Got A Migraine? Get A Dog!

Doctors tell their patients all kinds of crazy advice about how to improve their migraines. And I’m sure over the years my patients have thought some of my advice was a bit off the wall. But when I started investigating the benefits of dogs for reducing common chronic pain syndromes, like migraine, I got a lot of questioning looks.

When my family was joined by a soft-coated wheaten terrier puppy, we had to make lots of changes so the puppy would be properly scheduled. Being a bit compulsive, my son and I posted a puppy training schedule on the refrigerator that had the whole day planned, with times for meals, play, sleep, socializing, potty breaks, etc. It soon became clear that we were not only scheduling our puppy’s day—we were also scheduling our own! And as we fell into a doggie lifestyle, we noticed we were eating better, sleeping better, getting in regular exercise, and feeling happier. During this time, I also noticed that it was easier to get dog owning patients to stick with a regular schedule for meals and sleep and keep up with a walking program.


This led me to see what benefits occur from dogs in our lives, inspiring me to write Fit As Fido: Follow Your Dog to Better Health and my new book A Doctor’s Guide to Dog Therapy and Healing: The Power of Wagging Tails. Although you can’t find specific research projects testing how dogs affect migraines, there is a lot of evidence to suggest that our beloved pets can help reduce many migraine triggers and help relieve pain. Here’s a bit of the evidence:

  • Petting a dog actually reduces pain severity. In an incredible experiment reported in the journal Complementary Therapies in Clinical Practice, researchers found that pain levels in hospital patients dropped by one-third after spending 15 minutes petting one of the dogs trained and approved to visit hospital patients (otherwise known as “therapy dogs.”) Another study found patients reduced their use of pain killers by nearly half when they had regular dog visits.
  • Aerobic exercise helps reduce migraine pain and dogs are great exercise motivators. People who own dogs consistently have been shown to complete more regular, healthy aerobic exercise than folks without a dog. Excuses like bad weather, extra laundry, bad hair day, etc. may work for you and your human walking buddy, but no self-respecting pooch will stand for this nonsense. And when you get “the look” at walking time, you’re likely to get out there and get in that healthy exercise.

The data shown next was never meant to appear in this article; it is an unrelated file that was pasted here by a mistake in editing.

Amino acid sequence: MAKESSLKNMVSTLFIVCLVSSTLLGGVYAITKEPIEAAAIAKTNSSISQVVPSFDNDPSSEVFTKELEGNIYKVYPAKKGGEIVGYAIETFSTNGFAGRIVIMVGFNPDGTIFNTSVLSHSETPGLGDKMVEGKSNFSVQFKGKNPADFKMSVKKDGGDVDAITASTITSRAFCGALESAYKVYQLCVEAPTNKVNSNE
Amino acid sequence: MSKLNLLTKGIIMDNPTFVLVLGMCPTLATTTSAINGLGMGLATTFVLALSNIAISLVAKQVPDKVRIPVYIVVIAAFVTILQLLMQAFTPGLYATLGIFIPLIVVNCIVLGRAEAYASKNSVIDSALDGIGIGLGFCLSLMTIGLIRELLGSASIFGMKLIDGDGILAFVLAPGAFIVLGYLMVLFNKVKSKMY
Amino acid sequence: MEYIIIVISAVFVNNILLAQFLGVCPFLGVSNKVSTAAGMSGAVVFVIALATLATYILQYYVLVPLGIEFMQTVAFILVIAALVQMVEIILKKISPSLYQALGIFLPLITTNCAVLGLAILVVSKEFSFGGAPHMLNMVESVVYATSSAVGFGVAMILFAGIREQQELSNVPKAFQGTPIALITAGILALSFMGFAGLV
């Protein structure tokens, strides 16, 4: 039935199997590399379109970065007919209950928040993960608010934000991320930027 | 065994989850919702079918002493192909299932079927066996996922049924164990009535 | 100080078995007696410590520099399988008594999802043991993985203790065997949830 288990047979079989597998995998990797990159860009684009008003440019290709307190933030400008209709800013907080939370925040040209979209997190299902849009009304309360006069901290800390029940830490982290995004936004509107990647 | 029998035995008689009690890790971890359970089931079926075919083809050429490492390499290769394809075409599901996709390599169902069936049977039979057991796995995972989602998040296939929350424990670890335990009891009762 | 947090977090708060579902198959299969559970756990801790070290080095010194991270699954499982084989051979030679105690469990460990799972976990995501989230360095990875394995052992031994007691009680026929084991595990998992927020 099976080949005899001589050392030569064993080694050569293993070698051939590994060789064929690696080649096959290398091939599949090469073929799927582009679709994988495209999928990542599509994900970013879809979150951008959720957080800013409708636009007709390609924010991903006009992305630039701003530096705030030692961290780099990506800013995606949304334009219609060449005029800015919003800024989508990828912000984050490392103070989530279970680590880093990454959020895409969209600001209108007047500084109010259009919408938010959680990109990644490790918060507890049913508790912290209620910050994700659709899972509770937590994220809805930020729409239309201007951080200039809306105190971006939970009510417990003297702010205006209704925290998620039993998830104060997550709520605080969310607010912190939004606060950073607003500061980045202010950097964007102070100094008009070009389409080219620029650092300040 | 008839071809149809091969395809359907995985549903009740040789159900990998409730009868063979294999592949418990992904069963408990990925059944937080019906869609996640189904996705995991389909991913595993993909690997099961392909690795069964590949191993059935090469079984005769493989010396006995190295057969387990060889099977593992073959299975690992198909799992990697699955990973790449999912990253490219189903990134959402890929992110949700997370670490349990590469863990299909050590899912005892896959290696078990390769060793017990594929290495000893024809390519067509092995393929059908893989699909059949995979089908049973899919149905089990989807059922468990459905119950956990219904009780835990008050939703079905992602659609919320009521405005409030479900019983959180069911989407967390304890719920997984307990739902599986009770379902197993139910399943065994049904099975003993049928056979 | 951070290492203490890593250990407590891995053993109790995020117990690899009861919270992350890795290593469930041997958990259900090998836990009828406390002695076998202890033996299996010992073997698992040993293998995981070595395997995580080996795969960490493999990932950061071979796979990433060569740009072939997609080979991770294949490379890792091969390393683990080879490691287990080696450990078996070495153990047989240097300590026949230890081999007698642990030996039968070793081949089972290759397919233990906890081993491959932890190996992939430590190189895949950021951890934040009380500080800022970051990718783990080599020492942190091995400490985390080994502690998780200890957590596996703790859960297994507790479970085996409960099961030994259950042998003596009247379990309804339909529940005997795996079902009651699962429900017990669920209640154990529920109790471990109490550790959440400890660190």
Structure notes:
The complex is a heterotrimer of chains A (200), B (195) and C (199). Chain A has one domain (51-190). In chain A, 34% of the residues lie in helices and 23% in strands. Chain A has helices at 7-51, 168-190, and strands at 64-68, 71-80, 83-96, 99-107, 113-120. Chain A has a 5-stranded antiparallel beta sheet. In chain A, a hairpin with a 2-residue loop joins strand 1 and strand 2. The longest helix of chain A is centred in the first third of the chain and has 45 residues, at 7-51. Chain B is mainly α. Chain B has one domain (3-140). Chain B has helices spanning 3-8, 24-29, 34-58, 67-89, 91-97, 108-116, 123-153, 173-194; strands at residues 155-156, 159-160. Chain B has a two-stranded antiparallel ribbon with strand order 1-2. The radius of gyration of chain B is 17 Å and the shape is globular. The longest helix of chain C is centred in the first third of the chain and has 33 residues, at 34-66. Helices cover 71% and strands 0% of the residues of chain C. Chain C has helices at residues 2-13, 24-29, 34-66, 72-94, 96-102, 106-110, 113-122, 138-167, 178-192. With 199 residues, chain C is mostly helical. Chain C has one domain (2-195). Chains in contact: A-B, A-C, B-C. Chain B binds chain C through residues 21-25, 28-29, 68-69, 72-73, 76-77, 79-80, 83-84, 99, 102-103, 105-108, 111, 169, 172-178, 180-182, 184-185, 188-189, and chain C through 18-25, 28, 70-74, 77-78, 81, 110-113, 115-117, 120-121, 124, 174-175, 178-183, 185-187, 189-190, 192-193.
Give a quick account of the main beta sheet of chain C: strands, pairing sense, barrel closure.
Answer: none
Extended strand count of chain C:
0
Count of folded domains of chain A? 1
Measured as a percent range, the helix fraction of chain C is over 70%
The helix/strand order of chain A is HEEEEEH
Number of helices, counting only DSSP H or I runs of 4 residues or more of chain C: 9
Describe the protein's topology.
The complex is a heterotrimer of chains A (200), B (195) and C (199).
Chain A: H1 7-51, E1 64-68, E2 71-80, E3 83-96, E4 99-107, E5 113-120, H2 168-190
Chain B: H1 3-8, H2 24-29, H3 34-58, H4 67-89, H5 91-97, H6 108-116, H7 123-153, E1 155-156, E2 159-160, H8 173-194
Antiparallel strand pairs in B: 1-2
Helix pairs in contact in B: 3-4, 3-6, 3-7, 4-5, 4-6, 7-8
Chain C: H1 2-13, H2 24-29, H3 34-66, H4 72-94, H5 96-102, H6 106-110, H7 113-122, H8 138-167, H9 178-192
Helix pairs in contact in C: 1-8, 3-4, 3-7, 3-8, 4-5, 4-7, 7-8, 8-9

• Stress is the number one migraine trigger for most people and dogs are terrific stress busters. Petting a dog lowers your heart rate, decreases your blood pressure, and reduces your body’s stress response. It’s not the stress itself that triggers migraine—it’s your body’s physiological response to stress.
  • Skipping meals and getting dehydrated can trigger migraines. When breakfast time comes for Fido, do you ever hear him say, “No time for breakfast today. I need more time fixing my hair, checking my emails, posting on Facebook.” Fido doesn’t skip meals and neither should you. Dogs also do a great job of taking advantage of drinks throughout the day, lapping up water in their water dishes, rain water on the street, and even snacking on snow. Keeping yourself hydrated too is a great way to keep migraines in check.
  • Most people don’t get their needed 7 to 8 hours of sleep each night and inadequate sleep has been linked to increased migraine activity. Dogs are great role models for good sleep and will probably remind you that it’s bedtime when you want to add one more Tweet or start another movie after what should be your bedtime.

Need more proof? In a fascinating study, Dr. Serpell at the Department of Clinical Veterinary Medicine in Cambridge evaluated new pet owners and people without pets for the occurrence of what were called “minor” health problems—which included headaches. While there was no change in minor health problems over six months among non-pet owners, minor health problems dropped by 50 percent after just one month of adding a dog to the household. And minor health problems continued to be reduced in dog owners for the six months of the study.

Visit www.FitAsFido.com for tips on using your dog as your “canine personal trainer” to help you become a happier, healthier, and hopefully more migraine-free you!

This article represents the opinions, thoughts, and experiences of the author; none of this content has been paid for by any advertiser. The Migraine.com team does not recommend or endorse any products or treatments discussed herein. Learn more about how we maintain editorial integrity here.

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